The first day Clarabelle attended poetry lessons at the Very Special Arts (VSA) Singapore in Bedok more than a year ago, she had to be carried into the classroom by her father.
The 10-year-old was unable to walk for more than a few metres without assistance as she suffers from hypotonia, a condition which causes her to have low muscle tone and weakened muscles.
Formerly shy and withdrawn due to her disability, her teachers at VSA encouraged her to open up and do things for herself, such as walking to the table to get an eraser.
Clarabelle was one of around 30 beneficiaries who met President Halimah Yacob yesterday, when she visited the social service agency. Her visit was part of the President's Challenge outreach efforts to help vulnerable groups in Singapore battle against the coronavirus outbreak.
Ms Magali Finet, programmes manager at VSA Singapore, said Clarabelle was extremely shy and quiet, but a gifted poet. "We challenged her. We didn't pity her and say, 'Oh, poor thing. She cannot walk or do things'. We challenged her to try things," she added.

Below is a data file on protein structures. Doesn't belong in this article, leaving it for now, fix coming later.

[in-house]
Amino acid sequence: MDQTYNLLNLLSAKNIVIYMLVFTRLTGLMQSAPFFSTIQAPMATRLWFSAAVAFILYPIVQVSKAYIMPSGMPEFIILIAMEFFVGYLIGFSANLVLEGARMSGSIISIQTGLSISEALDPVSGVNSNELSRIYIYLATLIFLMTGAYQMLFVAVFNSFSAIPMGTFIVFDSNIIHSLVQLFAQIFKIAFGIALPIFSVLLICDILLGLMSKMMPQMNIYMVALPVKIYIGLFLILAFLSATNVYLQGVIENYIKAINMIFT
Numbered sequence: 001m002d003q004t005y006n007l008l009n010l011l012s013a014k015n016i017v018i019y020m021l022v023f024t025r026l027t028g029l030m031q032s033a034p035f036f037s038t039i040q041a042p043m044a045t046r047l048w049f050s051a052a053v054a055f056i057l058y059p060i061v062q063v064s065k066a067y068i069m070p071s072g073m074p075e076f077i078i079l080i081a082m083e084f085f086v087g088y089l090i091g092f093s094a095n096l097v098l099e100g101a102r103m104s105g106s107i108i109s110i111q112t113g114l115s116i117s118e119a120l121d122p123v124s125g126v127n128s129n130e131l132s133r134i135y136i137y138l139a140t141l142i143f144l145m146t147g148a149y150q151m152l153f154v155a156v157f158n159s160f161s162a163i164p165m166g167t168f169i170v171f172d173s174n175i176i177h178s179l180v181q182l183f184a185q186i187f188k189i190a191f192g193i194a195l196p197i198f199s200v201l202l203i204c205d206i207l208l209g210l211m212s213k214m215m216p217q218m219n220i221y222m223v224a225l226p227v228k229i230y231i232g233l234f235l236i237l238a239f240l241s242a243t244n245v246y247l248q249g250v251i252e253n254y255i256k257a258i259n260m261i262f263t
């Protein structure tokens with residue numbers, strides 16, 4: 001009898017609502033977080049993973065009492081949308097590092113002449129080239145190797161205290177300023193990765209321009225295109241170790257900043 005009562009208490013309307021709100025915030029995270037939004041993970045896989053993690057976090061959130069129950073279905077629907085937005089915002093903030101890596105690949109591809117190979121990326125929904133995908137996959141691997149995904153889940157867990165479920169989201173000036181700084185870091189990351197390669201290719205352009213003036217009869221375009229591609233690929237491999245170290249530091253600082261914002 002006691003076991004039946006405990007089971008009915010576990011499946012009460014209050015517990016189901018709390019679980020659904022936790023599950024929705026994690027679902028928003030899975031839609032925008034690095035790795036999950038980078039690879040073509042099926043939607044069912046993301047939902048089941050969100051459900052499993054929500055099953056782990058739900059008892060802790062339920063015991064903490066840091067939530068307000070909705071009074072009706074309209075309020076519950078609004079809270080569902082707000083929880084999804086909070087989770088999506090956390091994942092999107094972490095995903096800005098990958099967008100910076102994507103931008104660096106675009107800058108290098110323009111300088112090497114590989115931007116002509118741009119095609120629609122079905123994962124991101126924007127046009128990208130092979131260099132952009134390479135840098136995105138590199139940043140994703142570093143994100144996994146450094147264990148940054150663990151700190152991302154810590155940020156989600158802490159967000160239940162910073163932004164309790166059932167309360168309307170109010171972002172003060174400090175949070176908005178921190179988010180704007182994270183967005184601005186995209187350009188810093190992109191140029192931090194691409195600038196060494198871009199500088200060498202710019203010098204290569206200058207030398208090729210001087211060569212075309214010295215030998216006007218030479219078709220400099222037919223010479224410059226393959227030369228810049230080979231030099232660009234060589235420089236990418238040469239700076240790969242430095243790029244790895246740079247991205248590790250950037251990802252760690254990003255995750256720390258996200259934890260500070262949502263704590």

A year on, Clarabelle is now able to walk for longer distances independently and looks more confident, said Ms Finet.
The organisation provides classes in artistic disciplines - including painting, drawing, wire sculpting and 3D pen sculpting - for individuals diagnosed with conditions such as autism, Down syndrome, dwarfism and cerebral palsy.
About 250 students, ranging in age from six to 70, are enrolled in its weekly visual arts classes.
Yesterday, Madam Halimah handed out care packages - each consisting of a hand sanitiser, wet wipes and a disinfectant spray - to around 30 beneficiaries at the VSA.
She also gave out vitamins and masks to the centre for redistribution to its students and reminded them to practise good personal hygiene to safeguard against the virus.